Major Works

Aurobindo's philosophical beliefs derived from and promoted spiritual experience. The central theme of all his writings-the spiritualization of earthly life-rests on his belief that God exists in all of Nature and that spiritual intuition makes it possible for every individual to become conscious of his own divinity. Because of his emphasis on the unity of existence, Aurobindo's philosophy has been labeled "integralism." Aurobindo's most systematic account of humankind's eventual ascent to a higher level of consciousness is contained in The Life Divine, a one-thousand-page treatise in which he develops an evolutionary continuum to explain human and cosmic progress. Aurobindo proposes that the Brahman, the eternal spiritual Being, exists in nature in a seven-phase hierarchical structure that consists of three higher orders of being-Infinite Existence, Consciousness, and Bliss-and three lower orders of being-Matter, Life, and Mind. Mediating between the higher and lower orders of existence is the fourth level of being, Supermind, which is humankind's evolutionary goal. According to Aurobindo, humankind currently languishes at the third level of existence, Mind. Worldwide attainment of the level of the Supermind, Aurobindo believed, will usher in a new world order of peace and harmony. The metaphysical ideas expressed in The Life Divine take practical shape in Essays on the Gita and On Yoga I, in which Aurobindo explains his system of yoga and its role in preparing the soul to accept the Spirit. Savitri is Aurobindo's poetic expression of this process of transformation. In this epic poem, which is roughly twenty-four-thousand lines in length, two characters, one human and one divine, dramatize the ascent to divine perfection on earth as it corresponds to Aurobindo's own spiritual progress. The Human Cycle explains Aurobindo's philosophy from yet another perspective. In this work he develops his evolutionary theory in historical and psychological terms and states the necessary conditions for the arrival of the next evolutionary stage, the "Age of Spirit": first, there must exist certain individuals capable of absorbing the message of the Spirit and communicating it to the masses (Aurobindo cites Mohandes Gandhi as an example), and second, the masses must be prepared to implement the message of these mystics.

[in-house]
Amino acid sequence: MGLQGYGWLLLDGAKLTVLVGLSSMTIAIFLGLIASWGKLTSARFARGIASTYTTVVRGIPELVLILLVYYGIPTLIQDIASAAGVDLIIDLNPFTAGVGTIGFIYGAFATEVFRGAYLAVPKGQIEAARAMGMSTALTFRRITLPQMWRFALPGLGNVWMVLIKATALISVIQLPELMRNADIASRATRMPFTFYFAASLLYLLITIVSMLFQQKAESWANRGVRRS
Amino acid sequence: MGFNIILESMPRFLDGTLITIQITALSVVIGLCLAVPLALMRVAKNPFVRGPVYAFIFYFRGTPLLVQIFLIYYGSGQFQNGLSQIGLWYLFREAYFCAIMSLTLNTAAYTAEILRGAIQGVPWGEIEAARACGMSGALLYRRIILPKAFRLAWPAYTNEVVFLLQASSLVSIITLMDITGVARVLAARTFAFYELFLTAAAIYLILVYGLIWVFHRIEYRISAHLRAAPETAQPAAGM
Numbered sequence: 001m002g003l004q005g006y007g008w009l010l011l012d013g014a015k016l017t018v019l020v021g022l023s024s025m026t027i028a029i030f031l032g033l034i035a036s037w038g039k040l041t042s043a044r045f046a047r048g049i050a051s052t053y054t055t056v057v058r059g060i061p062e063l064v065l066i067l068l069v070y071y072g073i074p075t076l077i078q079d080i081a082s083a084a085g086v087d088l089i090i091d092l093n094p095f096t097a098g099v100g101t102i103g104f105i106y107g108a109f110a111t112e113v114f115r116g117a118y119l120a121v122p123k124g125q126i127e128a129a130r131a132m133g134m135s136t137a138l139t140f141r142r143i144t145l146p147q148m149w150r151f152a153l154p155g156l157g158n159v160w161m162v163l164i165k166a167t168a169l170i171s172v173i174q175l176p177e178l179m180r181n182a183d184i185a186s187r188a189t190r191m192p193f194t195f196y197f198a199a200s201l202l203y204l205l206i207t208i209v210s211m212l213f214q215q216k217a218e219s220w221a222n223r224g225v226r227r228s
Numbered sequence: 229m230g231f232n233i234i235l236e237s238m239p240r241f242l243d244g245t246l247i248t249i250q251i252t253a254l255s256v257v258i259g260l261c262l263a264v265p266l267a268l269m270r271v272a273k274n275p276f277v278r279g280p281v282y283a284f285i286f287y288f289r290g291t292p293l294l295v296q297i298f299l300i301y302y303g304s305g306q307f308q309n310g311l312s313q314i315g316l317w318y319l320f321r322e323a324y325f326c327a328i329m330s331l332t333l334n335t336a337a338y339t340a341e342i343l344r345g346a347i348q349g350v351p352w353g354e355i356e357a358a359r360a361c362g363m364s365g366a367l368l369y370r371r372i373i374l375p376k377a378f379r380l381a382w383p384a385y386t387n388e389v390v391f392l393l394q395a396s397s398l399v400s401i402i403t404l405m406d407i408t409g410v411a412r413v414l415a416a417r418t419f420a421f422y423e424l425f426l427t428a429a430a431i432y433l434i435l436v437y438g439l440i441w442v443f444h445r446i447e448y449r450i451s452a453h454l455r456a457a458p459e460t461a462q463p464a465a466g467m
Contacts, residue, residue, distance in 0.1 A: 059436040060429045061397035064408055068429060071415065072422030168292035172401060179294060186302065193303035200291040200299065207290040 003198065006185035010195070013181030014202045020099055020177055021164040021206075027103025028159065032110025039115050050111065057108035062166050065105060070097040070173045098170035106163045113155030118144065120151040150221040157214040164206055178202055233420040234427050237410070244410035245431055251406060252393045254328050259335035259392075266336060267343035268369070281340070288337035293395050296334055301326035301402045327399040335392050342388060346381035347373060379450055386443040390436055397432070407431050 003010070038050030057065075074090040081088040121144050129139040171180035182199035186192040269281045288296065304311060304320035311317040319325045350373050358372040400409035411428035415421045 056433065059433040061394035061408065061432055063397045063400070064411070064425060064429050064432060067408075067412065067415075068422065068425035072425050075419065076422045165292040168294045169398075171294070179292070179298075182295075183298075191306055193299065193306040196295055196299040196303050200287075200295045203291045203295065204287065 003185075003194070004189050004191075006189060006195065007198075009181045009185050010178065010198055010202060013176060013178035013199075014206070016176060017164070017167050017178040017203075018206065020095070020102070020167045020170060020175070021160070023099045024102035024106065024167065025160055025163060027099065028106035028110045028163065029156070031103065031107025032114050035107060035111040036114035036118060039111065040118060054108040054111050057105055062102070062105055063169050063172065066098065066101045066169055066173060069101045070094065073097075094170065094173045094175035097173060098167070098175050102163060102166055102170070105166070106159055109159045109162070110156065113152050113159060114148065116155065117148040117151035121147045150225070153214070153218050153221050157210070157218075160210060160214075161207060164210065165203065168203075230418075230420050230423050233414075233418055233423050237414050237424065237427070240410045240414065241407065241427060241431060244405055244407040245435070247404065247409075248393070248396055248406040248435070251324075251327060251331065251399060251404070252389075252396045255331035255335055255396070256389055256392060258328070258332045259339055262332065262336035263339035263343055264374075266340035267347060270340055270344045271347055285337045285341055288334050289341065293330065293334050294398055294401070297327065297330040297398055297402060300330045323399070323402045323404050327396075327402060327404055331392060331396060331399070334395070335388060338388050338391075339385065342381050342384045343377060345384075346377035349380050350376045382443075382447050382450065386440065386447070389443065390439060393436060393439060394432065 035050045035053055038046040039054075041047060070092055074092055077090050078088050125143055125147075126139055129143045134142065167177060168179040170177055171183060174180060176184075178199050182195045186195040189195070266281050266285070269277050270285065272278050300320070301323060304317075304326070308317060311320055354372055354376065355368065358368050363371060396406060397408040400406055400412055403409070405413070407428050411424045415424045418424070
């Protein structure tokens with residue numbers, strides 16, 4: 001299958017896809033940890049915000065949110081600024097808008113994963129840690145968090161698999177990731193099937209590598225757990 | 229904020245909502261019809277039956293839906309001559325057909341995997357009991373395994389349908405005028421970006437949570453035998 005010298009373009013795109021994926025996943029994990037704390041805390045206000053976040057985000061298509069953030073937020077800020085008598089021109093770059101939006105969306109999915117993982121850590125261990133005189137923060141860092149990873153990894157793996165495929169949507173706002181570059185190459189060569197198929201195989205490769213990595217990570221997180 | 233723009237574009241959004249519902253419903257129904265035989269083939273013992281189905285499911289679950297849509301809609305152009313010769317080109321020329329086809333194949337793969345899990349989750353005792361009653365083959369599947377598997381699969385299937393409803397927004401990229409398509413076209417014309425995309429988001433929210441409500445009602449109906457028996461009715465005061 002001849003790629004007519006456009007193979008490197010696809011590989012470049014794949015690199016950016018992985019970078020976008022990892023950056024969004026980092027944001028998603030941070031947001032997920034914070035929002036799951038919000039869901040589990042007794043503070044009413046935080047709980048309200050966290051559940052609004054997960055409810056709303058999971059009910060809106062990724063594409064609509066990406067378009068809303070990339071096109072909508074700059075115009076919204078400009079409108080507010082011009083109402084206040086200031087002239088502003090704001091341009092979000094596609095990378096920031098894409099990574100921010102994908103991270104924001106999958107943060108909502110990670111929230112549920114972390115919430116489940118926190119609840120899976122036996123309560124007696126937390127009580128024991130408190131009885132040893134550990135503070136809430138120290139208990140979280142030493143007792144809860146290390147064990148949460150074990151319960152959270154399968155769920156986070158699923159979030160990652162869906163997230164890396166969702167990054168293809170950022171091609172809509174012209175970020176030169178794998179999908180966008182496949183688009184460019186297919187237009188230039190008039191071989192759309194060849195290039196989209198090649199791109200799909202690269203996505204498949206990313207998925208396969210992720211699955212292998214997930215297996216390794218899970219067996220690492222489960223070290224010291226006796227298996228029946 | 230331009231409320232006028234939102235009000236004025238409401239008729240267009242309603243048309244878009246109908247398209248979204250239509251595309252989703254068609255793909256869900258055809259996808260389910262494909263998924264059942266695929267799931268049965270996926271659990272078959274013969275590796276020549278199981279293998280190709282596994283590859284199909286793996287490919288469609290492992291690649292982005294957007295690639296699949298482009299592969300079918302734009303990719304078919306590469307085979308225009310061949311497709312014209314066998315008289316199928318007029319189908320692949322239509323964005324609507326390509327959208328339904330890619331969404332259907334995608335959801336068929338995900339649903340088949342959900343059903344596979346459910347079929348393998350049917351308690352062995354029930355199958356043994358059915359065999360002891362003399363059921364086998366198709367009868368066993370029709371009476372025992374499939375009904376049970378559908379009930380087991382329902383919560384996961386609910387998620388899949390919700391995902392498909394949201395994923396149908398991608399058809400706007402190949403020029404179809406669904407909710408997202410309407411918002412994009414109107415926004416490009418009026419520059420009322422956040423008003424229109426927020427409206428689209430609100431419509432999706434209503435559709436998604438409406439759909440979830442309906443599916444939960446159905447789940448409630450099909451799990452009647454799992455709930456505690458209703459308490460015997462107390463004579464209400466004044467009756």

Critical Reception

A turning point in the critical history of Aurobindo's writings occurred with the 1970-72 publication of the Sri Aurobindo Birth Centenary Library. Brought out by the Sri Aurobindo Ashram, this thirty-volume collected edition of Aurobindo's works made his writings much more accessible to readers, particularly Westerners, which served to intensify the critical attention prompted by the centenary of Aurobindo's birth in 1972. Prior to this, most of the literature on Aurobindo had been written by his disciples, and while many of these books and articles provided useful summaries of Aurobindo's life and teachings, they were invariably laudatory in tone and rarely approached their subject from a critical perspective. Although Aurobindo studies continue to be dominated by the appreciative commentary of his followers, since the 1970s he has received increasing attention from scholars in the field of Indian and comparative religious thought. Some of Aurobindo's disciples have argued that analyses of Aurobindo's works emerging from the academic community lack the spiritual insight necessary for a sound interpretation of Aurobindo's philosophy. On the other hand, academic critics have charged that Aurobindo's devotees are too personally involved with their subject and his teachings to be objective; for example, they refuse to accept spiritual intuition of the divine as decisive evidence that a new spiritual age is approaching, seeking instead to investigate whether Aurobindo's evolutionary theory can be verified by experience. Similarly, estimations of Aurobindo's status as a literary artist vary. While some critics liken him to John Milton and Dante on the basis of Savitri, others contend that such comparisons are evidence of the indiscriminate praise lavished upon Aurobindo by his devotees. Such controversy notwithstanding, critics agree that Aurobindo has had a significant influence on modern Indian history and religious thought in his roles as political revolutionary and philosopher-yogi. He is universally admired for the comprehensiveness of his vision of life and the cosmos and for his devotion to the cause of guiding humankind into a new, more peaceful and productive age.